I started writing songs at a pretty early age. My first attempt was at age nine. I hadn’t gotten around to practicing my piano lesson for the week. So when it came time for my lesson on that particular week, I thought I’d “wow” my teacher with my remarkable songwriting skills.
Ogden Booker – my piano teacher – is old school. He was (and still is) the organist and choir director for a number of churches in Stamford, CT. He didn’t fool around. At $10 per hour for lessons, Ogden wasn’t doing this for the money. You either come prepared every week, or you’re asked to leave his studio. When I was in my teens, Ogden ultimately fired me as his student (but that’s a different story for a different day.)
Anyway, I remember playing my new song for Ogden. When I was done playing, I looked up at him, awaiting the applause that I was certain I deserved. Ogden simply said, “that’s very nice Alan; now let me hear your lesson.” Needless to say, that was an uncomfortable hour.
While in high school, I had a band that started out playing Police covers. But we got tired of that pretty quickly, and so I decided to start writing songs for the band. We eventually recorded an E.P with literally one of the top music producers in the world as our producer. Our producer eventually ended up running one of the largest record companies in the world, and already had produced multiple platinum albums by the time he started working with us. In hindsight, I didn’t realize how fortunate I was – as I didn’t get to work with someone of that caliber again until I recorded “The Redhead’s Allegations.”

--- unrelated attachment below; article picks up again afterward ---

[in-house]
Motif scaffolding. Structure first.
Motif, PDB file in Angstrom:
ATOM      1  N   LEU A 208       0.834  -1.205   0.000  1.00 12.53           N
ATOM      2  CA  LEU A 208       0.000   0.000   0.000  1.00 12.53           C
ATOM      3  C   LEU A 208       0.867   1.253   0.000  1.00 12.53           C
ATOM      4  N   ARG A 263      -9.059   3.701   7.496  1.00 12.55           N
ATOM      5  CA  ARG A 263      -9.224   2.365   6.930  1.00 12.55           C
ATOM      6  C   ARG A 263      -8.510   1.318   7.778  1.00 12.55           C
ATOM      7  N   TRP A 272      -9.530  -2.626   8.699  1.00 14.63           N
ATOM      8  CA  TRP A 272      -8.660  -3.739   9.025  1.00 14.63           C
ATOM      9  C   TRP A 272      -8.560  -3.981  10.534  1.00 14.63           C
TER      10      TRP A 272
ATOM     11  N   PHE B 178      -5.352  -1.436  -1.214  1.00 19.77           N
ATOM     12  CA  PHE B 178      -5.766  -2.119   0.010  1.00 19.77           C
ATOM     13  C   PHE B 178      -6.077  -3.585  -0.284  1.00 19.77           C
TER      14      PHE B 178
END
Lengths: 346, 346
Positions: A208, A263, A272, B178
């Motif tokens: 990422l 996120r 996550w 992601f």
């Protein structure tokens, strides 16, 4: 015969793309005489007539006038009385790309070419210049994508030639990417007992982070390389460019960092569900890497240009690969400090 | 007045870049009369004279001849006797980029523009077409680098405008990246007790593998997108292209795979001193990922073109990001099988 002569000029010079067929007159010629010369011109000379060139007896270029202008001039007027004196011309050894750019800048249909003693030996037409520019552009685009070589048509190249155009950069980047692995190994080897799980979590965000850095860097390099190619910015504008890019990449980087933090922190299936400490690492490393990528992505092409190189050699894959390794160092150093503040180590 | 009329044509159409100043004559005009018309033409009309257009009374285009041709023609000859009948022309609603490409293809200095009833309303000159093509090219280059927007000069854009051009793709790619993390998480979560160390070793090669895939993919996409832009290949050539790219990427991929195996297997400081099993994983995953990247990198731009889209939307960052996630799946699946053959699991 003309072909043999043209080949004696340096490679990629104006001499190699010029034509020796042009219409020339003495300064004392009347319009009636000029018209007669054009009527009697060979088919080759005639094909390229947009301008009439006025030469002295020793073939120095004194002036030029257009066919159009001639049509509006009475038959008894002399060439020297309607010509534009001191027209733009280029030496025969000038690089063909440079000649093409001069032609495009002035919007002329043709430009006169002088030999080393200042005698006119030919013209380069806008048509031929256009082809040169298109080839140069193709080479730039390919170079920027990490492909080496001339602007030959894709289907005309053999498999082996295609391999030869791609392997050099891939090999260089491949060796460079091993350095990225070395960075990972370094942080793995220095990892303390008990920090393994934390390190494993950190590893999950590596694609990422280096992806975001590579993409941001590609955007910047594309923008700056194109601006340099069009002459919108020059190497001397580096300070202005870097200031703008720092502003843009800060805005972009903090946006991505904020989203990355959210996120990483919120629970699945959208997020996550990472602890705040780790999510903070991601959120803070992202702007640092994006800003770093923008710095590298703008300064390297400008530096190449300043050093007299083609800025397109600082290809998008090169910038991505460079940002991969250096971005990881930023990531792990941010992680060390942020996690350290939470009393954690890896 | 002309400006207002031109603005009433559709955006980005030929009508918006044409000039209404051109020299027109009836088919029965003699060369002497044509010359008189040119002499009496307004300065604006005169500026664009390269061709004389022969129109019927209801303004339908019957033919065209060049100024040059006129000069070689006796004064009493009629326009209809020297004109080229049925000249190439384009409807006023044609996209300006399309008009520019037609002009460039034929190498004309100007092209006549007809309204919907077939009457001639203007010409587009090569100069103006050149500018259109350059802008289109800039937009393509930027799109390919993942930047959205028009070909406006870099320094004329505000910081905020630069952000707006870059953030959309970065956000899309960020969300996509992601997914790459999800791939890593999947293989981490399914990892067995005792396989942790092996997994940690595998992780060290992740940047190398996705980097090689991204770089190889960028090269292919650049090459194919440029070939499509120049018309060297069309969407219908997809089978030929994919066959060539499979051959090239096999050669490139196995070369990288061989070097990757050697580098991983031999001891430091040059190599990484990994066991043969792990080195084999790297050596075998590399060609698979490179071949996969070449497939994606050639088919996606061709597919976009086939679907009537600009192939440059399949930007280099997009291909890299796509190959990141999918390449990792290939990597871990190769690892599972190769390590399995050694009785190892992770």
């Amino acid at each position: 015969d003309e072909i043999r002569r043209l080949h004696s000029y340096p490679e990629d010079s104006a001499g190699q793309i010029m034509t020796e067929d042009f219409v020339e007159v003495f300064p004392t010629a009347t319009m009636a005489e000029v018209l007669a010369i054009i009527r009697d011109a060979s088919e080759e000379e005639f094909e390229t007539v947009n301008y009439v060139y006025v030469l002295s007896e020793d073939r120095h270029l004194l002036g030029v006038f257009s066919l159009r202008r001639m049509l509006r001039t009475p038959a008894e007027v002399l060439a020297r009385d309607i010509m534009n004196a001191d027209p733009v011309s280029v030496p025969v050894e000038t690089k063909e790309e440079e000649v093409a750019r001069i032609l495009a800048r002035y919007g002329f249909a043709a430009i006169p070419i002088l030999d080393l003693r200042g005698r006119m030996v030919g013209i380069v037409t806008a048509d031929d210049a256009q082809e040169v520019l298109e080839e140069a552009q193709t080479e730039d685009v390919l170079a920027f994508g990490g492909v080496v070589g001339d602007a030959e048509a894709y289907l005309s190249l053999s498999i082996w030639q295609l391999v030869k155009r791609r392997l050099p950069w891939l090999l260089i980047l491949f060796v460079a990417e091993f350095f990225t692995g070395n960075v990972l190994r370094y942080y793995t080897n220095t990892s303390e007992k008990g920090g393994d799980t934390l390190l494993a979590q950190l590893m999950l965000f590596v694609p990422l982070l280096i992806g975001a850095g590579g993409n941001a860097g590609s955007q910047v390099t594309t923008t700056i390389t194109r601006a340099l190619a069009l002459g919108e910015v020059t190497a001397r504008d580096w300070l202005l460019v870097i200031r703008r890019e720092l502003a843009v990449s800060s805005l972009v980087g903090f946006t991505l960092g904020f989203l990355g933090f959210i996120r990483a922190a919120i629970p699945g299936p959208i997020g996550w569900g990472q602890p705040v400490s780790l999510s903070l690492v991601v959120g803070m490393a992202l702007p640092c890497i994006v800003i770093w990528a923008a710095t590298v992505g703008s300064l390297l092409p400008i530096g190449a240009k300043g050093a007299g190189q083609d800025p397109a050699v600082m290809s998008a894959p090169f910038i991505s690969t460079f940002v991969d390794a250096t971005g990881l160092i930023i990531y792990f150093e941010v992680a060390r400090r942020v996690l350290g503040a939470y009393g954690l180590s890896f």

Like many 15 year olds, I was pretty sure I knew exactly how the world worked. And I was absolutely sure that I didn’t need someone standing over me and telling me how to write and sing my songs. And I’d made this fact abundantly clear during our prep session the night before we went into the studio to record. (cue a scene from HBO’s Vinyl.) The producer just looked at me dumfounded; showing more than a slight sneer.
He had just told us that the day before, he’d been working with Sylvester Stallone on a movie. But on this particular evening, he had a 15 year old to deal with – so regarding his advice, “thanks, but no thanks.” I’m probably lucky he didn’t throttle me. (Keep in mind, we weren’t paying him – he was doing this as a favor.)
In hindsight, I absolutely should have listened to more of what he had to say. I really didn’t understand when and how to push back and when to embrace the advice of someone who clearly had more experience than me. But as I’ve learned in life, there’s something about the sentiment of doing it on my own – even if that meant failing.
Don’t get me wrong, he gave me a ton of great advice and was definitely more patient with me than I deserved. But on some level, I was right to push back.
Its great to work with talented people, and many of them are going to offer fantastic feedback. I try to listen to all of it – even if that hurts my ego sometimes. But at some point you’ve got to be careful about trying to achieve somebody else’s vision for what your record should be. And I think you’ll never get the sound that you want unless you are 100% trying to find your own vision.
And being called “a bigger jerk than Sly Stallone” is something I’ll always treasure. (: